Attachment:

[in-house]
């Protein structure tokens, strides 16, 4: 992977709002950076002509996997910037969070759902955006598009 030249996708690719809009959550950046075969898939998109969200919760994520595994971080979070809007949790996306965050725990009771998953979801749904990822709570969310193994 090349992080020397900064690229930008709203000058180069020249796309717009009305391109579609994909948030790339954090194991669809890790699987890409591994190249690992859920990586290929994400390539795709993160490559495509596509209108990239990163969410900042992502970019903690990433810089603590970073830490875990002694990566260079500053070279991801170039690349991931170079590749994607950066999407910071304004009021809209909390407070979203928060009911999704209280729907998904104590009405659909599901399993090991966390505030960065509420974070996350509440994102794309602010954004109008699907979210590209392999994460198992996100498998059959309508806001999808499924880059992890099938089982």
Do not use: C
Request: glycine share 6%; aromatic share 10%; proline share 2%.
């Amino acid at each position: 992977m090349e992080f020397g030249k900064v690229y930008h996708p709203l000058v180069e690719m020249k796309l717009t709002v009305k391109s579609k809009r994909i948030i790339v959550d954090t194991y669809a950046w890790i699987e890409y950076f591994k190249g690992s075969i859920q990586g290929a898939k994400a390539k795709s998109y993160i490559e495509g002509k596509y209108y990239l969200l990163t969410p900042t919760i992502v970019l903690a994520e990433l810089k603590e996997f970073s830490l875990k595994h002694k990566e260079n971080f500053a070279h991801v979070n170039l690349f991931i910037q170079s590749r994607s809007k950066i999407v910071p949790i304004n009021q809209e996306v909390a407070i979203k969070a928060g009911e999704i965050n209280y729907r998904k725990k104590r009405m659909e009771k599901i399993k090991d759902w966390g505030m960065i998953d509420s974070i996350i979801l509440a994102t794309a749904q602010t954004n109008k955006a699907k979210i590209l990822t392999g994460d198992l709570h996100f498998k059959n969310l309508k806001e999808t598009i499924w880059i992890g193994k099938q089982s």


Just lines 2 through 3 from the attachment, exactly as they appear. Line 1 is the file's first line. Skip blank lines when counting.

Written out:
């Protein structure tokens, strides 16, 4: 992977709002950076002509996997910037969070759902955006598009 030249996708690719809009959550950046075969898939998109969200919760994520595994971080979070809007949790996306965050725990009771998953979801749904990822709570969310193994 090349992080020397900064690229930008709203000058180069020249796309717009009305391109579609994909948030790339954090194991669809890790699987890409591994190249690992859920990586290929994400390539795709993160490559495509596509209108990239990163969410900042992502970019903690990433810089603590970073830490875990002694990566260079500053070279991801170039690349991931170079590749994607950066999407910071304004009021809209909390407070979203928060009911999704209280729907998904104590009405659909599901399993090991966390505030960065509420974070996350509440994102794309602010954004109008699907979210590209392999994460198992996100498998059959309508806001999808499924880059992890099938089982």
Do not use: C